Skin injuries during climbing and bouldering are annoying, but they heal with proper care within a few days. It becomes much more uncomfortable when you “do a pulley” (injury an annular ligament). An inflammation or a tear can cause problems for weeks or even months.  Tape can provide some relief, support healing and in some cases, allow you to keep climbing.

How pulley injuries happen

Pulley injuries are a widespread problem among climbers. You probably know someone who has struggled with one, or you have been affected by one yourself. 

The reason it is so common is the function of the pulleys and the stress we put on them during climbing.

Each of your fingers has five pulleys. Their job is to press the flexor tendons to the bones when you close your hand – like the rings of a fishing rod that hold the fishing line to the rod when you get a bite. 

When climbing and crimping, your pulleys work hard – your tendons pull harder than normal against the pulleys. 

A short peak load to your finger, such as slipping with your foot, may be all it takes to trigger an injury. When this happens, the best-case scenario is an inflammation and the worst case a tear, which you will most likely hear a cracking noise.

Injuries to the A2 and the A3 pulleys are the most common. You will quickly notice the pain on the inside of your finger, which is more severe when you press on the pulley or try to bend your finger against resistance. If you want to keep climbing, you can use the so-called H-tape to relieve pain and support your pulleys.

The H-tape method

All you need for an H-tape is a strip of tape about 10 – 12 cm long and 1,5 cm wide. Tear it down the middle from each end, but don’t completely tear it in half; leave a 1 cm “bridge” in the middle, making an “H” form, as the name suggests.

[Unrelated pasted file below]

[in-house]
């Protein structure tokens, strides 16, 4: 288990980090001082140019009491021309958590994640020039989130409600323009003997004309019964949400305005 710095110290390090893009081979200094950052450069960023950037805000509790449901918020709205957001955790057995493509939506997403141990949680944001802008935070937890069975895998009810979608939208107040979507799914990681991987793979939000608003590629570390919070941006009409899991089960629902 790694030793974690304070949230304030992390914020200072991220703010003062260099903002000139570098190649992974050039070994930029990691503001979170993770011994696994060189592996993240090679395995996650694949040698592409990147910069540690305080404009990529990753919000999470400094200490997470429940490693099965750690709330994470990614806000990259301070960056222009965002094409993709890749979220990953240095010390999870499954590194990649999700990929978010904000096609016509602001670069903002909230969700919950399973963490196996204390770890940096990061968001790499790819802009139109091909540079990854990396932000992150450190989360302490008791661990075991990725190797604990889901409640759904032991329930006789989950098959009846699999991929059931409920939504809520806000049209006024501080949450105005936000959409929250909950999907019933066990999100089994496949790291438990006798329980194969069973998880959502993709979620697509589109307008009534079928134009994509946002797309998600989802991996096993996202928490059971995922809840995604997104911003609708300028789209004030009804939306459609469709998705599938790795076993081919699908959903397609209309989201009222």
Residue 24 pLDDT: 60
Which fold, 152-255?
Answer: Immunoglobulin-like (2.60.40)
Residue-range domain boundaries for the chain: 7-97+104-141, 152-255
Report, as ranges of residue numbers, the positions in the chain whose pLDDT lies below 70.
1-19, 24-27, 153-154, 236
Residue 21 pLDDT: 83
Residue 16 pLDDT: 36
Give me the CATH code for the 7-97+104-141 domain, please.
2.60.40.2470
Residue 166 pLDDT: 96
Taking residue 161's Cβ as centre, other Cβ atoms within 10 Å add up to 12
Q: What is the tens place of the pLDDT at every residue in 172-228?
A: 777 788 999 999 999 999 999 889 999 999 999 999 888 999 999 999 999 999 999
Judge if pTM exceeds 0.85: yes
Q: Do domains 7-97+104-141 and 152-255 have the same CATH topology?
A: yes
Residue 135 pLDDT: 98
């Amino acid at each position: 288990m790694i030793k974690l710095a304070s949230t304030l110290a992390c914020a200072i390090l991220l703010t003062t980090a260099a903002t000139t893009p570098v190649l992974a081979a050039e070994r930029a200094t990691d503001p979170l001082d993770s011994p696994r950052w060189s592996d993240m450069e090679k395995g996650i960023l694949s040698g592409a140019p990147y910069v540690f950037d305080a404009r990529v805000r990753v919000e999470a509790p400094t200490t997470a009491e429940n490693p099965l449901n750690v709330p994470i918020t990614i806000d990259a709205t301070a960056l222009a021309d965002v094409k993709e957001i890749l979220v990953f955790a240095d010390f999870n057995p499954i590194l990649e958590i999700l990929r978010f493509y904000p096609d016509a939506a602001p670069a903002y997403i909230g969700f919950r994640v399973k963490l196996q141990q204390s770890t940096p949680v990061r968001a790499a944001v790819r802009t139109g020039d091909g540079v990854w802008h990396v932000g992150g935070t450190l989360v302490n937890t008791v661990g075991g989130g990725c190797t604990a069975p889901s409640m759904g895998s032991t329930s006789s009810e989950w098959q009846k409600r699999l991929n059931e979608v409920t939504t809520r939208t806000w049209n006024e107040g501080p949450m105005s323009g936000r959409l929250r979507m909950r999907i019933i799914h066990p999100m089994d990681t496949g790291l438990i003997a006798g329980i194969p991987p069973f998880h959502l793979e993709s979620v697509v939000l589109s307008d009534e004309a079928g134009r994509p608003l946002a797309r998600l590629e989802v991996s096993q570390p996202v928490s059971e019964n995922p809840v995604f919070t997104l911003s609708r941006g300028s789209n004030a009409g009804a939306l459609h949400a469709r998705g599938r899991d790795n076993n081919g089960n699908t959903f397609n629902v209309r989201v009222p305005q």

• Place the centerpiece on the inside of the middle joint of the affected finger (2) 
  • Wrap each of the ends around the finger in a ring (3) 
  • One of the ends will go above the knuckle and the other end will go below the knuckle (4). 
  • To stop the tape from loosening up again during climbing, you will need to apply the tape quite tight, which will also support your pulleys during climbing.

Taping pulley injuries is not a miracle cure

The tape will take over some of the stress on the injured pulley by holding the flexor tendons in position, but it will not completely relieve pain or act as a replacement for a pulley. 

If you are unlucky enough to sustain a pulley injury, you should avoid any movements and holds that cause pain. This is especially true for crimps that really strain your pulleys.

If your injury was accompanied by an audible crack, you should assess the severity of the injury or have it looked at before considering taping it with this method. 

It may require an MRI and a visit to a doctor. If a tear is confirmed, you are looking at the dreaded forced break from climbing. It will take time to heal and be able to bear load again. When you get the green light to return to the wall, the H-Tape method is a useful method to allow you to ease back into climbing

EMER­GENCY CALL

Anyone out in mountains must be able to provide first aid in case of an emergency. The important thing is to stay calm and act intelligently. An emergency call must be made immediately depending on the severity of the emergency: Knowing the correct emergency number is essential for every climber.

In the case of insufficient cell service at the site of the accident, the procedure used to be: 

Turn off your cell phone, turn it back on again (without entering the PIN) and instead type in 112 to place a call to emergency services in Europe. Your phone can now locate sufficient cell service from another network provider. These days all smartphones have an “emergency call function” that can be accessed without unlocking your cell phone – and is shown even without a roaming signal. If there is still no cell service and it is not possible to make a call using the emergency call function, the only thing that will help is a change of location.

111 – Child Protection / Domestic Abuse

  112 – Search & Rescue

  113 – Police

  114 – Fire 

 115 – Ambulance / First Aid